27. Nancy Follis says:

    Thank you for this article. I am a yoga teacher in my 50's who has started experiencing some sacral/hip pain. My lumbar discs are very compressed, perhaps from years of gymnastics from 11 – 17 years old. During that time period in my life, there were no "counter postures" recommended or practiced. Since that time, I'm sure I've also practiced postures that have further compromised my pelvic stability. Having said that, as a yoga teacher I continually reinforce: maintaining "the natural curve of the back" in many postures, respecting your edge or limits without trying to push beyond them and bringing arms back and/or bending knees in a forward bend. Still, there is more to learn – and teach – so I am grateful for this article and the opportunity to re-examine all that I do. Namaste. – Nancy-

  28. Marcus says:

    I find most of Michelle statements interesting. However I practice form of movement that focus strongly on moving the spine into all movements: flexion, extension, side-bending, traction, compression and rotation. Before I started I had problems with my SI joint and lumbar spine. By learning how to move from the center and make subtle movements between vertebrae (and by subtle i mean subtle, not strong, just accentutating the movement) my spinal health has improved a lot. Keeping the spine neutral is OK, but moving the spine works best for me. My teacher's almost 70 years old. He moves smootly like a dancer and by looking at him I understand what does it mean to move energy through the body. He doesn't moves his body into extremes, he bends knees when necessary but he moves his spine, actually all of his movements are born in the base of the spine. So I do agree with what Michelle says but I don't agree that we have to keep the spine neutral in order to make healthy. On the contrary I think we should move the spine as any other joint. It is however difficult to learn to do it in a safe and correct way.

  29. jessieinspace says:

    THANK YOU SO MUCH FOR THIS ARTICLE. I stumbled upon this just at the right time..As a teacher and avid practitioner I've only recently started experiencing pain in my right hip, SI area and groin. I have already felt my entire teaching method and personal practice changing. As always, the union we seek in yoga is not through back-breaking poses but through uniting the body with the mind and spirit, which means the physical world as well. Existing pain free is how we can be one with ourselves and the Divine. Thank you again.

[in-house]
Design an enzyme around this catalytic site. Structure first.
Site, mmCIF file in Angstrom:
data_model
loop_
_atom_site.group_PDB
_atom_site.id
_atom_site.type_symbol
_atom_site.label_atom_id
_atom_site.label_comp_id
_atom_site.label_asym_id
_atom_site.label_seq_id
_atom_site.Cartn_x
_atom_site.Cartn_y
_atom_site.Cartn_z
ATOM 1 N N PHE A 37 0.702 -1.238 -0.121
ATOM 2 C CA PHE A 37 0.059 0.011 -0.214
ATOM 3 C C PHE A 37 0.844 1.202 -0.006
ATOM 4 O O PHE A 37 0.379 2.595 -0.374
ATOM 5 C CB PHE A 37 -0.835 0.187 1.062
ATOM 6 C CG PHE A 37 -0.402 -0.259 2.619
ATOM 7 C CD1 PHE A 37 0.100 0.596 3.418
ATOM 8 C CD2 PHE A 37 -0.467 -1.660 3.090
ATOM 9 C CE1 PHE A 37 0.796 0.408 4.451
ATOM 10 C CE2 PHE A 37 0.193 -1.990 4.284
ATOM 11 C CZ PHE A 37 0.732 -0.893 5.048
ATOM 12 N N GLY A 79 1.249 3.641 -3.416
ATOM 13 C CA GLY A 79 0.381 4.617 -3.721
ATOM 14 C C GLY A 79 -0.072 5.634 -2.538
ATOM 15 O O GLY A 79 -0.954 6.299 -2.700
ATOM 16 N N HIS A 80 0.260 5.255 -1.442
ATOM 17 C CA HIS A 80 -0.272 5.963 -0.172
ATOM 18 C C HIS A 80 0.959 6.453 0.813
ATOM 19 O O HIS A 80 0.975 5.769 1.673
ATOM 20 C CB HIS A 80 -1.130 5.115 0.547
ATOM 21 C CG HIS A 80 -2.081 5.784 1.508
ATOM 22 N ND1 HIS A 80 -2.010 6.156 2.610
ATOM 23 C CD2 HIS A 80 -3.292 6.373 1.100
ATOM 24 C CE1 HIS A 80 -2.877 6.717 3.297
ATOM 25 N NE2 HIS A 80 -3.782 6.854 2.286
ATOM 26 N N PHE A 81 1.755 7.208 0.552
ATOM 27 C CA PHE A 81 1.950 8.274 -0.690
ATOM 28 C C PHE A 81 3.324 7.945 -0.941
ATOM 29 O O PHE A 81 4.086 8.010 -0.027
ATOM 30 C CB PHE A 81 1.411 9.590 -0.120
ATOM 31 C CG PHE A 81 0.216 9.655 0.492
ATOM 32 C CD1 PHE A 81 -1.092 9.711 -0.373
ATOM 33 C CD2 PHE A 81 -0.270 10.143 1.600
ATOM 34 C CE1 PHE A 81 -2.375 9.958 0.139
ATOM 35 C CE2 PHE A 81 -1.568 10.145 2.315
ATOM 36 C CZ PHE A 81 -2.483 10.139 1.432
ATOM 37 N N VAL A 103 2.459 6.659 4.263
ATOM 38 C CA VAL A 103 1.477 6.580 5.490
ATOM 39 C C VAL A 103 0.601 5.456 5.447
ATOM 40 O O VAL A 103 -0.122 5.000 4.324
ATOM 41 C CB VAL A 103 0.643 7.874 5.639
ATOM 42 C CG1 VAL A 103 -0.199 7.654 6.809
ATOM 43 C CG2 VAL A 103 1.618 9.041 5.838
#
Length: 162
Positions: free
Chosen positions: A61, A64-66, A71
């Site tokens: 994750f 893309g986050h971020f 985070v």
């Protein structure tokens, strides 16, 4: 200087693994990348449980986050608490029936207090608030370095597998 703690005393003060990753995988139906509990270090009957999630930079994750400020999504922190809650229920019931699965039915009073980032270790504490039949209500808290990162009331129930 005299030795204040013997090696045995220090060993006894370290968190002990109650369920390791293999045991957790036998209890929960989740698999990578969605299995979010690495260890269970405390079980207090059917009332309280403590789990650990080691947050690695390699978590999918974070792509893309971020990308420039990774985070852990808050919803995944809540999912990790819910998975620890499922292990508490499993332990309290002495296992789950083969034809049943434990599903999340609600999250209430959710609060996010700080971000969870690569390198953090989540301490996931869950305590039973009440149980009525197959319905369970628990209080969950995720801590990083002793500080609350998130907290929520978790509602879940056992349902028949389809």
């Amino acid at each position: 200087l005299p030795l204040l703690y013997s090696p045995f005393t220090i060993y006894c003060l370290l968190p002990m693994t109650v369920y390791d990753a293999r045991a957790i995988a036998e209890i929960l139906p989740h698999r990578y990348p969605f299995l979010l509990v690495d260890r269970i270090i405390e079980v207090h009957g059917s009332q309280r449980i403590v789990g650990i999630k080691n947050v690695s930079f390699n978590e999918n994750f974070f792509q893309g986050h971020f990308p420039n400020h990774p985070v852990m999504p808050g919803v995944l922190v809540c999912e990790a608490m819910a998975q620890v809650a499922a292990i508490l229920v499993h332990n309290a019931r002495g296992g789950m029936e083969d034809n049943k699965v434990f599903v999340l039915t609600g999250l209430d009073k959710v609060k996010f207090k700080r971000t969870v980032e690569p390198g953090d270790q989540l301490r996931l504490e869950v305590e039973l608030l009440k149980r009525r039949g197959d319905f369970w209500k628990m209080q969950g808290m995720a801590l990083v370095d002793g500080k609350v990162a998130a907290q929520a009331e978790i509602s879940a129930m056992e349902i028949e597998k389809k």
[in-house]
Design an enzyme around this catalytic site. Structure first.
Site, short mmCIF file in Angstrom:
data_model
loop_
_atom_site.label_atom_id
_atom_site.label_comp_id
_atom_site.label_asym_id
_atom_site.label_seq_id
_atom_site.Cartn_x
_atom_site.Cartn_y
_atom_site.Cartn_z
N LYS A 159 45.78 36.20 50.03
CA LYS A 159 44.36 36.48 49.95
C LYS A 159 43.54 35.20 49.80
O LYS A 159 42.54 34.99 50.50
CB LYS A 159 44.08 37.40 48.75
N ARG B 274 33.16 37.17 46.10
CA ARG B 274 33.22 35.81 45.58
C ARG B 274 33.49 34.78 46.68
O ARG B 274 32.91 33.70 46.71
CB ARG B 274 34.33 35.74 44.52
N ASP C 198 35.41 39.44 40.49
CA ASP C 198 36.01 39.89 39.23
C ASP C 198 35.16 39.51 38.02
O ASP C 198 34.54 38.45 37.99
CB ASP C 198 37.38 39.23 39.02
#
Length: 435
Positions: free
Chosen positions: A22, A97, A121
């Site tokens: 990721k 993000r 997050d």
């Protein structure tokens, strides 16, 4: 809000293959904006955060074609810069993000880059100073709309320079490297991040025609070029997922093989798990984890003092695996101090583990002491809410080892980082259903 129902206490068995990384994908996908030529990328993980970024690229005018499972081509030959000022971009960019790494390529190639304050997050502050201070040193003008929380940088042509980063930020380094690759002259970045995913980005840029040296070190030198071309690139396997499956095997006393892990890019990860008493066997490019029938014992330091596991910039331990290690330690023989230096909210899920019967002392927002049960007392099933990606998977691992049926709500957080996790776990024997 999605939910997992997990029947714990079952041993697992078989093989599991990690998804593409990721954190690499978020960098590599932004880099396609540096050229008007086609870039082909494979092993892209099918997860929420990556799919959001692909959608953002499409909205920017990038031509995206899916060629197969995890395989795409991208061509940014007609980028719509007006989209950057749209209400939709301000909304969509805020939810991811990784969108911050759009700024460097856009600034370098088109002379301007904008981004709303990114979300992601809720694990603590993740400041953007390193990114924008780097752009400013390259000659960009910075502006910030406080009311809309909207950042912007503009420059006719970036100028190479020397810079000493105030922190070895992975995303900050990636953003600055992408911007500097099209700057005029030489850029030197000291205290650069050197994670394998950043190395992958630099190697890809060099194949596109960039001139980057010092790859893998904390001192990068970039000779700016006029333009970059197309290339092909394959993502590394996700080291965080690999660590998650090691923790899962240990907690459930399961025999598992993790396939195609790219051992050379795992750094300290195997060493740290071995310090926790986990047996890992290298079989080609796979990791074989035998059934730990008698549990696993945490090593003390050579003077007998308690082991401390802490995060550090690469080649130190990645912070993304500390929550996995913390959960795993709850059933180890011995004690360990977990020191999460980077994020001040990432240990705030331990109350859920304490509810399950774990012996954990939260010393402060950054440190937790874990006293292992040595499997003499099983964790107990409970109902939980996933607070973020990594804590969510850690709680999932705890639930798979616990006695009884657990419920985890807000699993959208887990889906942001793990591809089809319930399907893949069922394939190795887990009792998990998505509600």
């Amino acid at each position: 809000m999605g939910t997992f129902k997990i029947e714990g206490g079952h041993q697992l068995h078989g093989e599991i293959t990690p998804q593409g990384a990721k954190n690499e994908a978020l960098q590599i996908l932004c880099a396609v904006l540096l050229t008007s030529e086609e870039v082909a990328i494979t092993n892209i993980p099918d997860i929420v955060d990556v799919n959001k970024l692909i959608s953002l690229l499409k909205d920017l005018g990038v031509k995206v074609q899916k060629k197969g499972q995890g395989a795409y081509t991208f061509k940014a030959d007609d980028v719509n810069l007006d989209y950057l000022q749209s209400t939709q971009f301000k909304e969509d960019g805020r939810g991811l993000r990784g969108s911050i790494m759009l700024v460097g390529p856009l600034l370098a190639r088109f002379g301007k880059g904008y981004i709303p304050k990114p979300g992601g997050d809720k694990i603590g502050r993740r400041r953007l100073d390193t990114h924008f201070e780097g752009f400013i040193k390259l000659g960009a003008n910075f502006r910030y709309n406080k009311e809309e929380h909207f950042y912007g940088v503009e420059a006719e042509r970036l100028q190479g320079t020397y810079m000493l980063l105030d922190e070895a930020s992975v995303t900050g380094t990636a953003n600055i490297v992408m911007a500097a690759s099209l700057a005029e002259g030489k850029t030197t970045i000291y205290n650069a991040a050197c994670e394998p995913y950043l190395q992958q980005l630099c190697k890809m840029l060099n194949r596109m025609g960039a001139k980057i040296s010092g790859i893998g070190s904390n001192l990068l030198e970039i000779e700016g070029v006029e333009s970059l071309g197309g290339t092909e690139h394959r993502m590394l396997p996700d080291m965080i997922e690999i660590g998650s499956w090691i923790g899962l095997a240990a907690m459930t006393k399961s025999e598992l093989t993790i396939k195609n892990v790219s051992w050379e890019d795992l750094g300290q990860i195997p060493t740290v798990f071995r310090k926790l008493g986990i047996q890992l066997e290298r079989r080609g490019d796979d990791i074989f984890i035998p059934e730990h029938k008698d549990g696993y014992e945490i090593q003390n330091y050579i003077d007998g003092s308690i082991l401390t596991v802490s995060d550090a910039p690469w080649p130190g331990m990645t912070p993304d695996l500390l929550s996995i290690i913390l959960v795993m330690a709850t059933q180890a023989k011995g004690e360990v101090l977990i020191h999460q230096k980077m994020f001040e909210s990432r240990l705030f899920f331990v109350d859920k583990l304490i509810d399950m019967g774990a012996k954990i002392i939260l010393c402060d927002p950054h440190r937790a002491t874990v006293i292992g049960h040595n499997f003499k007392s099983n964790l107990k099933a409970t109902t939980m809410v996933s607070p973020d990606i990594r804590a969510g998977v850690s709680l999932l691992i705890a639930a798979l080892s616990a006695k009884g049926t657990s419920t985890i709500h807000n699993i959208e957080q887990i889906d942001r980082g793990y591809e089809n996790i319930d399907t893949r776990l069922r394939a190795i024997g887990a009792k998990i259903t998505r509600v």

30. Zia says:

    Thanks very much for this article Michaelle. I am actually experiencing all that you have mentioned and can testify to it. I did a hot vinyasa yoga class at my gym and over stretched my pelvis and spine and after a couple of sessions could feel severe pain radiating from my hips and my entire right leg especially the thighs. Got bone scans done which revealed arthritis like symptoms in my hip joins and also knee. They suspected osteomalacia but my blood tests were all completely normal so I have now been referred to see a specialist. I have this gut feeling though that all this has been caused by over stretching in the yoga class. Since you are an experienced teacher, would you please be able to advise as to how I could aid my muscles / ligaments to heal themselves and reduce this pain that I have. Would remedial massage help? Swimming? Thanks very much.

  31. Lois says:

    Hi Michaelle, have just found your article as I am suffering the hip pain you describe, for the same reasons. I was an ashtanga teacher with the emphasis on forward bending – and some, ahem, vigorous adjustment in the UK and Mysore – now Mysore hips are suddenly a right pain. Daily practice of wide legged forward bends on the floor, even after surgery for impingement 18 months ago to repair a labral tear. The extra weight of running about carrying my mother’s suitcase has been the last straw – have belatedly realised that I have to bend my knees when bending forward and that I have to activate my glutes as much as poss. Must find some way of firing my hamstrings as they are so over stretched they don’t contract at all. Trying pilates. Any other advice gratefully received, but many thanks for your blog. Lois